WikiLeaks has released two classified EU documents, outlining the planned military intervention against boats travelling from Libya to Italy. The more significant of the two documents was written by the combined military defence chiefs of the EU member states. The plan was formally approved by representatives from all 28 countries on 18 May 2015.
Importantly, one of the documents acknowledges that “the political End State [of the military intervention] is not clearly defined” and recommends that the European Commission issue further guidance.
The documents lay out a military operation against cross-Mediterranean refugee transport networks and infrastructure. It details plans to conduct military operations to destroy boats used for transporting migrants and refugees in Libyan territory, thereby preventing them from reaching Europe. The EU member states’ military chiefs advice is that there is a need to:
“[draw] on the full range of surveillance, intelligence and information capabilities available to MS [member states] and Partners, and supported by Brussels (inter alia EEAS [European External Action Service] Single Intelligence Analysis Capacity – SIAC)”.
The plan also acknowledges the possibility of EU military use of force against groups such as ISIL “within the Libyan sovereign area”:
“the threat to the force should be acknowledged, especially during activities such as boarding and when operating on land or in proximity to an unsecured coastline, or during interaction with non-seaworthy vessels. The potential presence of hostile forces, extremists or terrorists such as Da’esh [ISIL] should also be taken into consideration”.
The documents mark a departure from previous EU military strategy in its overt targeting of civilian infrastructure in Libya. Numerous EU countries, including Belgium, Bulgaria, Denmark, France, Greece, Italy, the Netherlands, Romania, Spain, Sweden and the United Kingdom participated in NATO-led air strikes on Libya in 2011.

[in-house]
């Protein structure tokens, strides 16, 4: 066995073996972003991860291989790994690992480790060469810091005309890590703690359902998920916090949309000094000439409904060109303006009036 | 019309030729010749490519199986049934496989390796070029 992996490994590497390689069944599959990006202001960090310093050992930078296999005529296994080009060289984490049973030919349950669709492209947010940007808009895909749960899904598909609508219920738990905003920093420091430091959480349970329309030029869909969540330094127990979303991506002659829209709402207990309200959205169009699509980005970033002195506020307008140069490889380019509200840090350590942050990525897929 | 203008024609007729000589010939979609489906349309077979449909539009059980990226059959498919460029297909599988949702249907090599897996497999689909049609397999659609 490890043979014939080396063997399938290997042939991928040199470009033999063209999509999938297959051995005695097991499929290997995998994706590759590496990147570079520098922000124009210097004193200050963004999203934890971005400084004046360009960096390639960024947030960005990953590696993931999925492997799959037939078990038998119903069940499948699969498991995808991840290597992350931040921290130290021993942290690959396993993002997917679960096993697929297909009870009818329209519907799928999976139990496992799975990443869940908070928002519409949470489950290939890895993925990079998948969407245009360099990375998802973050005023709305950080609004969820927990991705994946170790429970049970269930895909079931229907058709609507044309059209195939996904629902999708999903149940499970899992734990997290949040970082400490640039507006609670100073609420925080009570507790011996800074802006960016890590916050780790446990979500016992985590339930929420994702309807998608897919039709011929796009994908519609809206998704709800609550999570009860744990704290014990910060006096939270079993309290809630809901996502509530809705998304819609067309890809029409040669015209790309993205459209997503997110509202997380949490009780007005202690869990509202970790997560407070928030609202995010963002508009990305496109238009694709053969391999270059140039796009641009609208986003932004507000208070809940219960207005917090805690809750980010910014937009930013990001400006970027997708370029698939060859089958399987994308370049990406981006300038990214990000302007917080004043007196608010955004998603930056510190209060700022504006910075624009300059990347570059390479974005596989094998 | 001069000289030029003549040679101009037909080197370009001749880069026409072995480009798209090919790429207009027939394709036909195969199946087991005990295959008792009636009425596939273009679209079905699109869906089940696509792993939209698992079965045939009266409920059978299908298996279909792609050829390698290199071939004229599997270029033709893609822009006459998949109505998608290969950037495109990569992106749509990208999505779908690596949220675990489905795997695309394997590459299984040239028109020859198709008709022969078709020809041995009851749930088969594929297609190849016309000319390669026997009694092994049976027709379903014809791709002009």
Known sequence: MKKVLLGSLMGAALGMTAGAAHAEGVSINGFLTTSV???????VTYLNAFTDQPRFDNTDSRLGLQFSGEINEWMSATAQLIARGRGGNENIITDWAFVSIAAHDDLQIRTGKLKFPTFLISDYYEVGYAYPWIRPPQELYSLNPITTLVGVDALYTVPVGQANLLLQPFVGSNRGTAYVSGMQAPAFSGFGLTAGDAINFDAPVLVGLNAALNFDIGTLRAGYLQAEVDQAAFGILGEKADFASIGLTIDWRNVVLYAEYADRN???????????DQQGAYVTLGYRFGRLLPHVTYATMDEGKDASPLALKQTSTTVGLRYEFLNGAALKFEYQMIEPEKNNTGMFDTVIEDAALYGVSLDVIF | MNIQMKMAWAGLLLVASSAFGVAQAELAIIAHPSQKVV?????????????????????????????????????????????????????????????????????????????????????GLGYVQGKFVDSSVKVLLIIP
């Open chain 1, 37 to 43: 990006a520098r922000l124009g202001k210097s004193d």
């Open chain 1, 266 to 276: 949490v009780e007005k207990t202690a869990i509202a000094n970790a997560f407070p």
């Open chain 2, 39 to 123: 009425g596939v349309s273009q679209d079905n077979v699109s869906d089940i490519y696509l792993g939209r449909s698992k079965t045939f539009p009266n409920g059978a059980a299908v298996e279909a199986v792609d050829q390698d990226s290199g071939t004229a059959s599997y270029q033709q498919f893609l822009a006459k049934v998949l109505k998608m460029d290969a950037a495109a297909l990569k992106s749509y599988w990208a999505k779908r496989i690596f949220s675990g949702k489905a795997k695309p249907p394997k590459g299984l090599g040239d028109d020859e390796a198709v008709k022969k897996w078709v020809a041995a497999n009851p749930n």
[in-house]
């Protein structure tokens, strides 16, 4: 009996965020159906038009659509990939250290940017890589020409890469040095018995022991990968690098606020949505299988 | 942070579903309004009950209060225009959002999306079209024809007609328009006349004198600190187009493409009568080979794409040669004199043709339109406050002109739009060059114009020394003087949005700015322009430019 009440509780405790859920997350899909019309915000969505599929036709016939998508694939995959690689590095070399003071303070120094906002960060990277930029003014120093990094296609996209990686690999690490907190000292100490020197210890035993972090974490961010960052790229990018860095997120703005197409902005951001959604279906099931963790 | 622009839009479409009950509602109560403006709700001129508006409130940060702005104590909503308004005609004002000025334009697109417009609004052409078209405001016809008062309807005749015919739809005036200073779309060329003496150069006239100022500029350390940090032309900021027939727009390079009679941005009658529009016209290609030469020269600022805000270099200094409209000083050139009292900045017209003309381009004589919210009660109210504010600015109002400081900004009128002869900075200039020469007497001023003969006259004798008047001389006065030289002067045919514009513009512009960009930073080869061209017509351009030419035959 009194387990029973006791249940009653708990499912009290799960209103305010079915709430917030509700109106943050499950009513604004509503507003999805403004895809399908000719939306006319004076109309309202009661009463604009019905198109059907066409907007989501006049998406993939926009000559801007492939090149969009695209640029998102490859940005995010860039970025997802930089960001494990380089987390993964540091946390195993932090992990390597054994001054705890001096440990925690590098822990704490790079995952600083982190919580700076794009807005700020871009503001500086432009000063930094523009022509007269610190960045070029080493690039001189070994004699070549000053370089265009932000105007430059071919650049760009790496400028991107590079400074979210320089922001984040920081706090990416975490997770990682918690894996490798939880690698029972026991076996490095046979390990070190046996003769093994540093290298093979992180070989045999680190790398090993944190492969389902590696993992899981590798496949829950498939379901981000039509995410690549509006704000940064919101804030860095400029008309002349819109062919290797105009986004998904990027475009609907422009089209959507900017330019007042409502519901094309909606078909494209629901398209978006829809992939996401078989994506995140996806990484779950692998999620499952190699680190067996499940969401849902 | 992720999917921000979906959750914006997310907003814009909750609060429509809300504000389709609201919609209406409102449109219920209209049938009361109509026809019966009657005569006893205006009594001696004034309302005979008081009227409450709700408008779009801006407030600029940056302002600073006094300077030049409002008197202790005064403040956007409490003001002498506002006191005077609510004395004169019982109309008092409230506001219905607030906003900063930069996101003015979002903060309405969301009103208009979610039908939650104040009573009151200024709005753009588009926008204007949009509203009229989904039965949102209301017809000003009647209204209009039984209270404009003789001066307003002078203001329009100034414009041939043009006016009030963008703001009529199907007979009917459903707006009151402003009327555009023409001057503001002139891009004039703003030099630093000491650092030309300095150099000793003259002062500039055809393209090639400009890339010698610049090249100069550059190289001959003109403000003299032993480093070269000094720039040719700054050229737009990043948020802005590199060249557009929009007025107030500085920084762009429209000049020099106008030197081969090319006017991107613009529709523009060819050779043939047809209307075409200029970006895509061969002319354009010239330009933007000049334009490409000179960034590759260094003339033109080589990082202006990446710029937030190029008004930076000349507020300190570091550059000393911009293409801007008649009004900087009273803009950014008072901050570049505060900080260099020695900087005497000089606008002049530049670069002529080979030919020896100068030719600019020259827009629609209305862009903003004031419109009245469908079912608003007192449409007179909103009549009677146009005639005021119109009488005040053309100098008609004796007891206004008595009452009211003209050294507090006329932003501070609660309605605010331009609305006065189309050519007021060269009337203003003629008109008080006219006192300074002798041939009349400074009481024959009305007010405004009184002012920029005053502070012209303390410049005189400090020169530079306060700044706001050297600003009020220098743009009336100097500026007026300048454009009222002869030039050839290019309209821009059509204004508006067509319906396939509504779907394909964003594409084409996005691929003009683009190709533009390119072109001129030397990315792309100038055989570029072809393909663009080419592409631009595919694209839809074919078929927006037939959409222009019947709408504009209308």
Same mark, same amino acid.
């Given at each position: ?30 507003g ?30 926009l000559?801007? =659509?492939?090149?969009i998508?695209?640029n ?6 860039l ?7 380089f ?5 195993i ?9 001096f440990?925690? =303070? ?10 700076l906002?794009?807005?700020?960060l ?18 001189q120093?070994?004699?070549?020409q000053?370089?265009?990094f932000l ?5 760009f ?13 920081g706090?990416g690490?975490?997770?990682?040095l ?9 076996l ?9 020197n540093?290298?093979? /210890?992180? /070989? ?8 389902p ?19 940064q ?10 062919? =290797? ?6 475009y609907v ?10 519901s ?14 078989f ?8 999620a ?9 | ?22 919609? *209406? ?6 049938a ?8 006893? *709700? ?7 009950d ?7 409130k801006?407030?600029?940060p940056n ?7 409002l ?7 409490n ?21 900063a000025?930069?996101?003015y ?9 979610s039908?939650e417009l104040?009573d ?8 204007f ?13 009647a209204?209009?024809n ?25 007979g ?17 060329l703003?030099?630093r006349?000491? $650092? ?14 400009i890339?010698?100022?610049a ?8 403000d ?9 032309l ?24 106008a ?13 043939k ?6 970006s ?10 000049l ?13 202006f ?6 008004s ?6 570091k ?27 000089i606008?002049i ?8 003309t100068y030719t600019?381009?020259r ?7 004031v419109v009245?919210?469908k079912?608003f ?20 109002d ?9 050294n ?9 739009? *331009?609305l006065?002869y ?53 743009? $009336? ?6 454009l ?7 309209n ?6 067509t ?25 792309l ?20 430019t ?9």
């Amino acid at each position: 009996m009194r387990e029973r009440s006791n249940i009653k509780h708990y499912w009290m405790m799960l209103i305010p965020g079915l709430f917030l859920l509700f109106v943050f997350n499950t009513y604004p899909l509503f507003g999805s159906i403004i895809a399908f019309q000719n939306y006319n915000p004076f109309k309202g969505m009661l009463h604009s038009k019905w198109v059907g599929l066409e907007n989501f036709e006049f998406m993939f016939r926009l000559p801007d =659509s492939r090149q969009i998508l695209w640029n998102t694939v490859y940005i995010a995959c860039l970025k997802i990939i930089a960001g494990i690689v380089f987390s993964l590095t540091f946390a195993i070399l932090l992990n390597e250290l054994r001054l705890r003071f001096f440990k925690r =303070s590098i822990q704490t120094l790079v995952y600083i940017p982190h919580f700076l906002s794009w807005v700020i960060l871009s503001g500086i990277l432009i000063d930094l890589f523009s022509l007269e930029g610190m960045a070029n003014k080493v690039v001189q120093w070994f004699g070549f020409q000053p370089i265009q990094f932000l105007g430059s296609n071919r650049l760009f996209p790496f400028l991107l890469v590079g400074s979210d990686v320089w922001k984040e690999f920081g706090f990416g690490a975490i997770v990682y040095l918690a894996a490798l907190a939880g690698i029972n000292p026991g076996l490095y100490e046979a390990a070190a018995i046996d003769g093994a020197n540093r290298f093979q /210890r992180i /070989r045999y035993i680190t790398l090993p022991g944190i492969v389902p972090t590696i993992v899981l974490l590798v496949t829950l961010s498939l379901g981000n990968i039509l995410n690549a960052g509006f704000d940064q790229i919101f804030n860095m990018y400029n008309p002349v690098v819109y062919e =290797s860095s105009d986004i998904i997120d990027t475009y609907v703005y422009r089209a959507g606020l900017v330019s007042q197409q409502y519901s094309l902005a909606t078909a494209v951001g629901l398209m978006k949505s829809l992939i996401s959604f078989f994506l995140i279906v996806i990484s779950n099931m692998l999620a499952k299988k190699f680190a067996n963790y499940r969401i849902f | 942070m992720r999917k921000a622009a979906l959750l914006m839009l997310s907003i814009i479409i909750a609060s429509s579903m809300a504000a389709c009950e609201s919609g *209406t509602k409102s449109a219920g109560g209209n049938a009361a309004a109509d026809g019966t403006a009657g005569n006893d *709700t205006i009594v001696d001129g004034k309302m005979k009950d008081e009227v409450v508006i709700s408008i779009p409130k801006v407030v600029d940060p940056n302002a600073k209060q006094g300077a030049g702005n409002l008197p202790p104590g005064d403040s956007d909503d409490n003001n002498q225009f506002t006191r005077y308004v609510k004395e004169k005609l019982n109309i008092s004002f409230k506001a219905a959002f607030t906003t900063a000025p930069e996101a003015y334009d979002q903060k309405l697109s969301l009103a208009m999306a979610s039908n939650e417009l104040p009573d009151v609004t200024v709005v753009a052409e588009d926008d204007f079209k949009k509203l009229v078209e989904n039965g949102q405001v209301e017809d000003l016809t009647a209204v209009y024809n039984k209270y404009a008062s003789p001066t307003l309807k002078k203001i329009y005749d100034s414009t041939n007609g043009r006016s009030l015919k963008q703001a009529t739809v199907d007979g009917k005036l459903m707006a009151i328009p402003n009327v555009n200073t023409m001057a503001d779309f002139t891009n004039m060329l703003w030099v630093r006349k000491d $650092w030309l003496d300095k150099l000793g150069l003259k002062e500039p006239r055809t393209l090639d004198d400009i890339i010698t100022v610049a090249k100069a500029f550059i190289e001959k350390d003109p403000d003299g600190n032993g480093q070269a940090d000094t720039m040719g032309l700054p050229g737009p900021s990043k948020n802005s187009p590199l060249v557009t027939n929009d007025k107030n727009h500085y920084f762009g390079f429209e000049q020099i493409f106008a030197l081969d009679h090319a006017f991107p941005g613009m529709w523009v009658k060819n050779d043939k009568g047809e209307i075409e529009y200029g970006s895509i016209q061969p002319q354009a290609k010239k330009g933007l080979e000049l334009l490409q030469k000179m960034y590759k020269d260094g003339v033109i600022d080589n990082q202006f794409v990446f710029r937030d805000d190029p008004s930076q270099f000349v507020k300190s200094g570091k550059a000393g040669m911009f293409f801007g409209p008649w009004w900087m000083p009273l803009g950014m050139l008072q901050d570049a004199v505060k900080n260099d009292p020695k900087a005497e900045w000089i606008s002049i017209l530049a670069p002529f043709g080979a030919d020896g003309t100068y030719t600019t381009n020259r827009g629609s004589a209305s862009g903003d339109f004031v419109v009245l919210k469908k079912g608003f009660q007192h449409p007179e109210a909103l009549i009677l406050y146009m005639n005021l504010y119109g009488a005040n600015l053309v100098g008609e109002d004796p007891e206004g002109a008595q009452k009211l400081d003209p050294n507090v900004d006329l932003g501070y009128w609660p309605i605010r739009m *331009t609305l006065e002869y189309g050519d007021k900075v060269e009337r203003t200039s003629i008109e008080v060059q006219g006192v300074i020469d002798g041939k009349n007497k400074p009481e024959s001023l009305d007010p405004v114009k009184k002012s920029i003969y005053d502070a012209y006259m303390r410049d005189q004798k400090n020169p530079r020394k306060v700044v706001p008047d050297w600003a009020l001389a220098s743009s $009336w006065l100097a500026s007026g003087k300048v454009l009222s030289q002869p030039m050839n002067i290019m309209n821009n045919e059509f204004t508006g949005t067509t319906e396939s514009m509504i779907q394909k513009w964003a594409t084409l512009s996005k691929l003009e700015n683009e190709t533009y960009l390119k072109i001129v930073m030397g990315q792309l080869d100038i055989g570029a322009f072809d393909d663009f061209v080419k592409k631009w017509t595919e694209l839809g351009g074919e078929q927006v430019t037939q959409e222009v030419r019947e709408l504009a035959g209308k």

Human rights organisations have called on the EU not to put the lives of refugees and migrants at risk. The plan acknowledges that the EU risks negative publicity “should loss of life be attributed, correctly or incorrectly, to action or inaction by the EU force”. To manage this reputational risk, the documents recommend “an EU information strategy from the outset” in order to “facilitate expectation management”. They also acknowledge the “need to calibrate military activity” particularly within Libyan waters or ashore “in order to avoid destabilising the political process by causing collateral damage, disrupting legitimate economic activity or creating a perception of having chosen sides”.
Boats transporting people from Libya are the main means for refugees fleeing conflict in Syria, Eritrea, Afghanistan and the Horn of Africa to reach safety in Europe. Since the destruction of the Libyan government in 2011 there has been a sharp increase in the numbers of refugees travelling to Europe from Libya. In 2014 more than 170,000 people are estimated to have crossed the Mediterranean from Libya. In 2014, this made up 60 per cent of the entire irregular migration into the EU.